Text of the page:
A leader of an urban campaign to quell gun violence in Baltimore, widely credited with roaming gang-war-prone streets with words of reconciliation, was shot dead on Sunday, authorities said.
Dante Barksdale, an outreach coordinator for the city’s Safe Streets program, was found around 11:17 a.m. with a gunshot wound to the head near Douglass Homes, a public housing complex in the southeastern part of Baltimore, police said.
He was taken to Johns Hopkins Hospital, where he died shortly after, officials said.
Mr. Barksdale, 46, was called Tater and was the nephew of Nathan Barksdale, the now deceased narcotics trafficker known as Bodie, who inspired the character Avon Barksdale in HBO’s crime series “The Wire.” Dante Barksdale drew on his time in prison selling drugs and his experience growing up in projects for his outreach work.
His death rocked community leaders, who recognized Mr Barksdale on Sunday for his work to defuse gang violence.
Mayor Brandon M. Scott of Baltimore called him the “heart and soul” of the Safe Streets program in a statement Sunday.
“While I am devastated by the loss of my brother in the fight to save lives in Baltimore, I will not let those who chose to commit violent suicide in light of his work,” Mr. Scott said. “Dante’s work saved lives. It’s a sobering reminder how dangerous this frontline job is. “
It was not immediately clear whether Mr Barksdale was at work when he was shot or whether he had been targeted. Homicide detectives are investigating the murder, police said.
Michael S. Harrison, the city’s police commissioner, credited Mr. Barksdale with helping defuse crime in Baltimore.
“His work in raising awareness, mediating conflict and reducing gun violence in our city has been invaluable,” Mr. Harrison said, “and he embodied a message of redemption and peace to the many young people in our city.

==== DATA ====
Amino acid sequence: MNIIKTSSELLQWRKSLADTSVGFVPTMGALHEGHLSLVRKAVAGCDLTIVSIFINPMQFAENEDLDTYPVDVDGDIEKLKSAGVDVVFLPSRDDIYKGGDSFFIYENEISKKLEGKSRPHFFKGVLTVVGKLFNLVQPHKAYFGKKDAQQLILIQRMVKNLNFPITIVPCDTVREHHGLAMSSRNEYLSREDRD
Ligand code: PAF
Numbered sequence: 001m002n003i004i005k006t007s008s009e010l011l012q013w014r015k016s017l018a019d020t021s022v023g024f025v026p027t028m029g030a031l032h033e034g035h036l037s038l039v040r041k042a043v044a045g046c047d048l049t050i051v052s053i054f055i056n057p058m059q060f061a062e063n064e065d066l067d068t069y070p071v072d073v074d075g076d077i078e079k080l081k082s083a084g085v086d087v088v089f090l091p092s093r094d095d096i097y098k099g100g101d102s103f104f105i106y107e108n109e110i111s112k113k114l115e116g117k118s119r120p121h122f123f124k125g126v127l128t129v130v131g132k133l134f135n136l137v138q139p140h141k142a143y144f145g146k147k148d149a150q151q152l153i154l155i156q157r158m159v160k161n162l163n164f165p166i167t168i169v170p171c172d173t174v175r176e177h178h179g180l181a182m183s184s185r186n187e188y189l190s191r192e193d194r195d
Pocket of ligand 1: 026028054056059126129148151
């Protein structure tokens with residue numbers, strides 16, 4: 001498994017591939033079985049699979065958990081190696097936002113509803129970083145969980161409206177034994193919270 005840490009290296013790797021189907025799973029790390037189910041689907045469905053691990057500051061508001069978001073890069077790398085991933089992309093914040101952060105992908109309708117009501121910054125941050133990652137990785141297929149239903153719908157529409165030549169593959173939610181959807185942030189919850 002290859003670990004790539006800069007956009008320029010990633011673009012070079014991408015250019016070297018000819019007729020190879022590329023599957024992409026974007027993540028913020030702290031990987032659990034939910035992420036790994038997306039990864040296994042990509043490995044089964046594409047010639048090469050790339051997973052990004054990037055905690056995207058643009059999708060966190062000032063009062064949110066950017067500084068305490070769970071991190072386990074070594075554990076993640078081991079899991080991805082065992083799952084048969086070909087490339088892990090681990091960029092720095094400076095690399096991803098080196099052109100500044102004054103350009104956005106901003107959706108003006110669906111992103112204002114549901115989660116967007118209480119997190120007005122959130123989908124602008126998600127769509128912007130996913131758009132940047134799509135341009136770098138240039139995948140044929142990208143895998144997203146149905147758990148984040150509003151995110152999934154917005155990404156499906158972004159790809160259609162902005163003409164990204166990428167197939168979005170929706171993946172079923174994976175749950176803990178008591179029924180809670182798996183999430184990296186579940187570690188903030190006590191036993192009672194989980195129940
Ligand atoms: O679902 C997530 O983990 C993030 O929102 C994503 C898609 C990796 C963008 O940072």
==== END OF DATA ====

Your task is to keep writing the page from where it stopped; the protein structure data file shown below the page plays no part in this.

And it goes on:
It was not immediately clear whether Mr. Barksdale had any survivors.
Erricka Bridgeford, co-founder of the Baltimore Ceasefire 365 gun violence prevention group, mourned the death of Mr Barksdale in a Tweeter on Sunday.
“My level of shock and pain at her murder makes my knees sag,” Ms Bridgeford said. In another post, she added, “What I know is Tater’s soul is unleashed to keep doing the job in a miraculous way. We were not left alone. We have just won a mighty warrior in this spiritual warfare.
Mr. Barksdale was the subject of a series of profiles by local and national media on his outreach efforts, including a 2014 article by The Atlantic titled “Walking the Streets of Baltimore With the Other Barksdale.” .
Mr. Barksdale, who grew up in the city projects, wrote about his life in a 2019 book, “Growing Up Barksdale: A True Baltimore Story”.
According to the Baltimore Beat website, he also appeared in the 2018 documentary “Charm City,” which examined violence in Baltimore following the 2015 murder of Freddie Gray, the 25-year-old black man who died of a serious injury. to the spinal cord while in police custody.
Nick J. Mosby, the chairman of Baltimore city council, paid tribute to Mr. Barksdale on Twitter on Sunday.
“Dante Barksdale has used his life to save others by preventing gun violence on our streets,” Mosby said. “He beat a myriad of chances to do it. Dante was my friend and I mourn with countless other people over the murder of this exceptional man.
Nicholas Bogel-Burroughs contributed reporting.